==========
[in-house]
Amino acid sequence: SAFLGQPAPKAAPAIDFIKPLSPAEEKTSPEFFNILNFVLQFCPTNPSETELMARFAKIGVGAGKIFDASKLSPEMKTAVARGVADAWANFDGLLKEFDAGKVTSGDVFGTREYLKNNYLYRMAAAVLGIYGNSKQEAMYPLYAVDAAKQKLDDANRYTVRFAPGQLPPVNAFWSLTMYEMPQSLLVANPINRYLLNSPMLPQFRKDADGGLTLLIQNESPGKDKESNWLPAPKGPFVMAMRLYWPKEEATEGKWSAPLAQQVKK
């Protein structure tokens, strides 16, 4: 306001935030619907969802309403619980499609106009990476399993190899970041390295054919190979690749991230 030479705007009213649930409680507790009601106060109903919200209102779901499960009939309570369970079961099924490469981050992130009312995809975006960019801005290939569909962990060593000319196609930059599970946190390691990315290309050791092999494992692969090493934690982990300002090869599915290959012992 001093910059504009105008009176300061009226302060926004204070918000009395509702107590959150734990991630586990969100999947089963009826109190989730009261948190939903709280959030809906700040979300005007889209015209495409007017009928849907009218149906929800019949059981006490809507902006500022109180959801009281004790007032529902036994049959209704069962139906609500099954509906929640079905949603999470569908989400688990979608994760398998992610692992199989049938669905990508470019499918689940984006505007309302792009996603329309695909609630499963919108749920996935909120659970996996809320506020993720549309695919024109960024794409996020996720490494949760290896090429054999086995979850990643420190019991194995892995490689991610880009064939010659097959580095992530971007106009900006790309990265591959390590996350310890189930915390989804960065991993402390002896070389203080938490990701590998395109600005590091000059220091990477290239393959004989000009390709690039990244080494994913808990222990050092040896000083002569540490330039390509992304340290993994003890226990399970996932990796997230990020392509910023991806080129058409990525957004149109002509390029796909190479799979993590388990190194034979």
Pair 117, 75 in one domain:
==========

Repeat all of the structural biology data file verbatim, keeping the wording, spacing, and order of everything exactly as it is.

[in-house]
Amino acid sequence: SAFLGQPAPKAAPAIDFIKPLSPAEEKTSPEFFNILNFVLQFCPTNPSETELMARFAKIGVGAGKIFDASKLSPEMKTAVARGVADAWANFDGLLKEFDAGKVTSGDVFGTREYLKNNYLYRMAAAVLGIYGNSKQEAMYPLYAVDAAKQKLDDANRYTVRFAPGQLPPVNAFWSLTMYEMPQSLLVANPINRYLLNSPMLPQFRKDADGGLTLLIQNESPGKDKESNWLPAPKGPFVMAMRLYWPKEEATEGKWSAPLAQQVKK
């Protein structure tokens, strides 16, 4: 306001935030619907969802309403619980499609106009990476399993190899970041390295054919190979690749991230 030479705007009213649930409680507790009601106060109903919200209102779901499960009939309570369970079961099924490469981050992130009312995809975006960019801005290939569909962990060593000319196609930059599970946190390691990315290309050791092999494992692969090493934690982990300002090869599915290959012992 001093910059504009105008009176300061009226302060926004204070918000009395509702107590959150734990991630586990969100999947089963009826109190989730009261948190939903709280959030809906700040979300005007889209015209495409007017009928849907009218149906929800019949059981006490809507902006500022109180959801009281004790007032529902036994049959209704069962139906609500099954509906929640079905949603999470569908989400688990979608994760398998992610692992199989049938669905990508470019499918689940984006505007309302792009996603329309695909609630499963919108749920996935909120659970996996809320506020993720549309695919024109960024794409996020996720490494949760290896090429054999086995979850990643420190019991194995892995490689991610880009064939010659097959580095992530971007106009900006790309990265591959390590996350310890189930915390989804960065991993402390002896070389203080938490990701590998395109600005590091000059220091990477290239393959004989000009390709690039990244080494994913808990222990050092040896000083002569540490330039390509992304340290993994003890226990399970996932990796997230990020392509910023991806080129058409990525957004149109002509390029796909190479799979993590388990190194034979």
Pair 117, 75 in one domain: